SEARCH

Search form

Research skills for the 21st Century

CSS MenuMaker
A cross-campus day of professional development allows best practice sharing
Andrew McCarthy
Head of Economics, UWCSEA Dover

Andrew joined UWCSEA in 2011 as a Digital Literacy Coach and held the post of Assistant Director of Learning Technologies from August 2014 to July 2019, when he stepped back into the classroom on Dover Campus as Head of High School Economics.

Andrew has Bachelor's degrees in Geography and Economics and postgraduate teaching qualifications from Victoria University of Wellington. He recently completed a Masters degree in Education from Monash University in Melbourne, focused on Leadership, Policy and Change.

Originally from New Zealand, Andrew has taught in both Wellington and Singapore in a variety of roles. He has been a Head of Department, Outdoor Education coordinator, and a leader of staff professional development. In recent years he has been an IB examiner for Economics, and a workshop leader in using technology to enhance learning and assessment.

Andrew teaches High School Economics and is a classroom practitioner at heart; he enjoys the outdoors, running and adventures back home in New Zealand. His wife Rachel also teaches in Singapore and they have three boys, the eldest of whom started K1 at UWCSEA in 2015.

Research skills for the 21st Century

A cross-campus day of professional development allows best practice sharing

When we begin a simple internet search to find flights for a holiday, accommodation options or places to visit, we use our intuition to sort through the good and bad, to dig deeper or to find opinions on social networks. As educators at UWCSEA, we hope to make the search skills of information literacy explicit to our students and embedded in our curriculum. As described in the UWCSEA Profile (pg. 4 and 5, UWCSEA magazine Dunia, June 2012), we want students to use information critically to solve problems and take action. Over time, we want our students to utilise authentic, peer-reviewed material to support their lifelong learning, and to leverage technology where it is most effective in the research process.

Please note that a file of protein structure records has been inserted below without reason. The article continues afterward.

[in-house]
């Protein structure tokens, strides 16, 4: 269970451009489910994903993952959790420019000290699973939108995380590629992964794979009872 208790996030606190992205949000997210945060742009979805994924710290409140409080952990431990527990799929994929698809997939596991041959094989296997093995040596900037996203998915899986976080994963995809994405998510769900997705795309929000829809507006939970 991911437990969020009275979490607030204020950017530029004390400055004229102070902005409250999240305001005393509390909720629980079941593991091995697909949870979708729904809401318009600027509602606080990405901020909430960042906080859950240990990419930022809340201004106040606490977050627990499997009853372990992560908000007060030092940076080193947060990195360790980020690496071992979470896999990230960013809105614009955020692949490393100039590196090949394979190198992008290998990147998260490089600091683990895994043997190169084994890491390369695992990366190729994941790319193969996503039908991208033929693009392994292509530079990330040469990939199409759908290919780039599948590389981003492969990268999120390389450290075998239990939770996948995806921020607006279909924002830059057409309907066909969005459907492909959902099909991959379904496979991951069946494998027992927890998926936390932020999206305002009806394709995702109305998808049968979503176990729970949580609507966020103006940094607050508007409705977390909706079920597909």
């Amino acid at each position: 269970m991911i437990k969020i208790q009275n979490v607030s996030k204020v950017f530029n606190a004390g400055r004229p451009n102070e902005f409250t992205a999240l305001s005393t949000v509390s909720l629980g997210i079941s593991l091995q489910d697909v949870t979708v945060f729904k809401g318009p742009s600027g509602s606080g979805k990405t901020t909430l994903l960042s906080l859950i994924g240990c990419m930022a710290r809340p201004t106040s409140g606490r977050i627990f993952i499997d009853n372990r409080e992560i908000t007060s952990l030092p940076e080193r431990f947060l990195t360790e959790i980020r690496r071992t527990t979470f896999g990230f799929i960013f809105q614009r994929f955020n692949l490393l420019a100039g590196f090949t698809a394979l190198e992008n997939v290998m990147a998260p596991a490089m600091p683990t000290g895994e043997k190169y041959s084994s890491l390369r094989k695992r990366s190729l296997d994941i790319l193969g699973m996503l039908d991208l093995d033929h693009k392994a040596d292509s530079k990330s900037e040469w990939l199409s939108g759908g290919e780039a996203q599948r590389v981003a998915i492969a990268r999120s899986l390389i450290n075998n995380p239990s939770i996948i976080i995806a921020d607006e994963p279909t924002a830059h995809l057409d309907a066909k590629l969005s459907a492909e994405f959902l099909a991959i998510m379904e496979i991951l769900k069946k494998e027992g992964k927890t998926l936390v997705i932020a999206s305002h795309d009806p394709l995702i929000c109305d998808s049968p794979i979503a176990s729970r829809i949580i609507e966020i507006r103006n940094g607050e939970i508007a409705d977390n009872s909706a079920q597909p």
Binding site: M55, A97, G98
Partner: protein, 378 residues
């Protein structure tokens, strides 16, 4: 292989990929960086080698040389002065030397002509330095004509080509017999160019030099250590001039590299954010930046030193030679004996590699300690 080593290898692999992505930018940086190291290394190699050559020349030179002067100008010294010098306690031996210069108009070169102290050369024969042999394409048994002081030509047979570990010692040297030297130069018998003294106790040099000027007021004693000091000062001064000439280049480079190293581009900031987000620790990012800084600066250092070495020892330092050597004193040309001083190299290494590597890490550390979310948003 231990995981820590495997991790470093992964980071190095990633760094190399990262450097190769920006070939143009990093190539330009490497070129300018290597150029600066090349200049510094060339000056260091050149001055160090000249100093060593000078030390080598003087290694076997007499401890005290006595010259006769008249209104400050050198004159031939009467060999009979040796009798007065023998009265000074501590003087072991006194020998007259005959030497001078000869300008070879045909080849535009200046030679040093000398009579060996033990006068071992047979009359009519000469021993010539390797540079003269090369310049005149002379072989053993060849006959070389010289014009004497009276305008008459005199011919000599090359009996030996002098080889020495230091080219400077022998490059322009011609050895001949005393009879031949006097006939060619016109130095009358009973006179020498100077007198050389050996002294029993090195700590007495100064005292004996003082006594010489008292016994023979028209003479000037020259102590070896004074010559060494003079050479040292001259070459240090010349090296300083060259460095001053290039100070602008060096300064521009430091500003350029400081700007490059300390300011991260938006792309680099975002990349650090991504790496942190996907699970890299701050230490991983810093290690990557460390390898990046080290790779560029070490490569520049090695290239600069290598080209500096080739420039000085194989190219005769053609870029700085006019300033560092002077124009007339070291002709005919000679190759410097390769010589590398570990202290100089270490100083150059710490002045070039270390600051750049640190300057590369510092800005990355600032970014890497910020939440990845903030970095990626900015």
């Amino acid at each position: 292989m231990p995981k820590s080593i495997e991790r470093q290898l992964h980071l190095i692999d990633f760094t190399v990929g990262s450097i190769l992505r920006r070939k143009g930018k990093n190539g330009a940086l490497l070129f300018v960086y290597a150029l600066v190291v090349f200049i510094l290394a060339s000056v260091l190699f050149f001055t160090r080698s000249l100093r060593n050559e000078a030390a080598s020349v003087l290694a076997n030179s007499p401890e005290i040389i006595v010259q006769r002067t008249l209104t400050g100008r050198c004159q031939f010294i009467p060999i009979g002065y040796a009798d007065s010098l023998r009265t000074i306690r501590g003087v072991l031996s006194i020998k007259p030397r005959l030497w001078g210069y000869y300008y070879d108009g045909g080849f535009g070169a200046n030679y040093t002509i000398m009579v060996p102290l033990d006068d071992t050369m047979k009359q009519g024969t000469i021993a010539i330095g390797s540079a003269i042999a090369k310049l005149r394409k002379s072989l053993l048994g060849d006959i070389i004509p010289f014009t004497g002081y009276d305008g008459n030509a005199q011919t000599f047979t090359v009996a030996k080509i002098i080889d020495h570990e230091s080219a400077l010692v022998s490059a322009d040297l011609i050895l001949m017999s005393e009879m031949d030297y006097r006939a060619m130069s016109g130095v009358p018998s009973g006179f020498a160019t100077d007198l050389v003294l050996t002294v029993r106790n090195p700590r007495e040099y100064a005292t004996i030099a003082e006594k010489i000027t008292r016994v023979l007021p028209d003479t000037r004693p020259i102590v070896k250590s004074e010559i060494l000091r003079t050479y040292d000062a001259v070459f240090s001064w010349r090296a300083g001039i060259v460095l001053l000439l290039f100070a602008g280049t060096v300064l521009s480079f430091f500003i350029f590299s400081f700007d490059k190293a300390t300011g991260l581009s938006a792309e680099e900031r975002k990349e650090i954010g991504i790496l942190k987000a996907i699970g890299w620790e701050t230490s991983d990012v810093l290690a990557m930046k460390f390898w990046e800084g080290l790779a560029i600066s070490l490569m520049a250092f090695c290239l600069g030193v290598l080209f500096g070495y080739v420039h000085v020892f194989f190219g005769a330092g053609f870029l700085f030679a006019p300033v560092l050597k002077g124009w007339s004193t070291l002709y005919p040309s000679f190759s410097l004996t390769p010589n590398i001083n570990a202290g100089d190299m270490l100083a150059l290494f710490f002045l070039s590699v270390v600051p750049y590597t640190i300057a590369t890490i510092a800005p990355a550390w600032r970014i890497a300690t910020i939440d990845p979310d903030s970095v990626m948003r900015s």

To support this thinking, part of a recent staff professional learning day looked at the topic of research as a cross-subject skill. This was the first cross-campus session for many staff, and was a great opportunity to share best practice. The sessions were planned by their peers, including the Teacher Librarians and the Digital Literacy Coaches, and led participating staff through a set of activities in small groups.

The staff initially looked at search skills and more advanced ways to use Google to filter search results and to be more precise by using search operators. The session then went beyond Google, to explore the concept of the Deep Web, and highlighted databases that UWCSEA currently subscribes to and that are available through our website portal. We also touched on what is freely available from the Singapore National Libraries eResources section. This session provided staff with an overview of the information landscape and a chance to reflect on what is appropriate and useful in their grade or subject.

The day introduced a spectrum of applications that help students aggregate their research, from Google Docs in the Primary School to options such as Diigo and Zotero, which are more suitable to older students. These advanced tools help students develop bibliographies and in-text citations.

The ongoing task for teachers and the curriculum articulation team, is to look at where, how and when we teach these skills to students. We wish to have a clear progression of information literacy from the Primary School into Middle and then onto the High School. Our graduates will hopefully leave UWCSEA with a literacy skill that supports them as life long learners who will use information critically to solve real world problems.

During the day we also re-launched several research portals that support our students. Our main libraries site contains an overview of all physical and digital resources that students can access. This is available from our website portal or http://research.uwcsea.edu.sg. From this site there are links to our two Research Hubs for Primary and Secondary students. These are two important resources for students, and are being developed and introduced as part of the digital literacy programme at the College. These hubs are a valuable tool for our students, with many applications. For example, earlier this year Grade 11 students were introduced to the Secondary hub as part of their preparation for the Extended Essay. These sites summaries the research process and are home to lessons ideas, quizzes and quick tutorials. Feel free to explore these resources with your child.

Andrew McCarthy
Digital Literacy Coach
Dover Campus

14 Sep 2013
Media and Republish
Subscribe to our monthly
UWCSEA Points of View
newsletter

*By subscribing, you agree
to our privacy policy.

Articles by the same author

Related articles